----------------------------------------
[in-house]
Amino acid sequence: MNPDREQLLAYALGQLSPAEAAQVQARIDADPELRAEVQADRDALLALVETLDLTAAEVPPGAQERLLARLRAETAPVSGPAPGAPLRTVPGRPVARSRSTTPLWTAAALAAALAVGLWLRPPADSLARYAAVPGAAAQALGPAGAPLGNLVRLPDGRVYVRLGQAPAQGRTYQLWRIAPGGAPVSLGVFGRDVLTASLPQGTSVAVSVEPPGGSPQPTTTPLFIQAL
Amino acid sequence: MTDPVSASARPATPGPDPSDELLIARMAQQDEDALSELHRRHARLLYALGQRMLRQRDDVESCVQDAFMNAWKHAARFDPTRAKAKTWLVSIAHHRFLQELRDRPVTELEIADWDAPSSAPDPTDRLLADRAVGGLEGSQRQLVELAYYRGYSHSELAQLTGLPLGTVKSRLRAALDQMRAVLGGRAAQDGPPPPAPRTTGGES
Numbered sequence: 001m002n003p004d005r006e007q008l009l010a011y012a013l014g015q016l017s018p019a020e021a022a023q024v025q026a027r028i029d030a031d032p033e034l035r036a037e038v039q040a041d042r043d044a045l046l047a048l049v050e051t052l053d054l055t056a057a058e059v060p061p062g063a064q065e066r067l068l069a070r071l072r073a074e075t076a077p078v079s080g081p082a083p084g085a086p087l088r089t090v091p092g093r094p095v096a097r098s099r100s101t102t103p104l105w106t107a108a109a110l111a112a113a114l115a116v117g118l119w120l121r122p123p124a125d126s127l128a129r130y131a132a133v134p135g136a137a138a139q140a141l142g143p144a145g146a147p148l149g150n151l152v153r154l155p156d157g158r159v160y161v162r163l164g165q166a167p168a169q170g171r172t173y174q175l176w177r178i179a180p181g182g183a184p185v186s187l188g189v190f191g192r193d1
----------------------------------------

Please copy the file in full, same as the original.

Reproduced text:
[in-house]
Amino acid sequence: MNPDREQLLAYALGQLSPAEAAQVQARIDADPELRAEVQADRDALLALVETLDLTAAEVPPGAQERLLARLRAETAPVSGPAPGAPLRTVPGRPVARSRSTTPLWTAAALAAALAVGLWLRPPADSLARYAAVPGAAAQALGPAGAPLGNLVRLPDGRVYVRLGQAPAQGRTYQLWRIAPGGAPVSLGVFGRDVLTASLPQGTSVAVSVEPPGGSPQPTTTPLFIQAL
Amino acid sequence: MTDPVSASARPATPGPDPSDELLIARMAQQDEDALSELHRRHARLLYALGQRMLRQRDDVESCVQDAFMNAWKHAARFDPTRAKAKTWLVSIAHHRFLQELRDRPVTELEIADWDAPSSAPDPTDRLLADRAVGGLEGSQRQLVELAYYRGYSHSELAQLTGLPLGTVKSRLRAALDQMRAVLGGRAAQDGPPPPAPRTTGGES
Numbered sequence: 001m002n003p004d005r006e007q008l009l010a011y012a013l014g015q016l017s018p019a020e021a022a023q024v025q026a027r028i029d030a031d032p033e034l035r036a037e038v039q040a041d042r043d044a045l046l047a048l049v050e051t052l053d054l055t056a057a058e059v060p061p062g063a064q065e066r067l068l069a070r071l072r073a074e075t076a077p078v079s080g081p082a083p084g085a086p087l088r089t090v091p092g093r094p095v096a097r098s099r100s101t102t103p104l105w106t107a108a109a110l111a112a113a114l115a116v117g118l119w120l121r122p123p124a125d126s127l128a129r130y131a132a133v134p135g136a137a138a139q140a141l142g143p144a145g146a147p148l149g150n151l152v153r154l155p156d157g158r159v160y161v162r163l164g165q166a167p168a169q170g171r172t173y174q175l176w177r178i179a180p181g182g183a184p185v186s187l188g189v190f191g192r193d1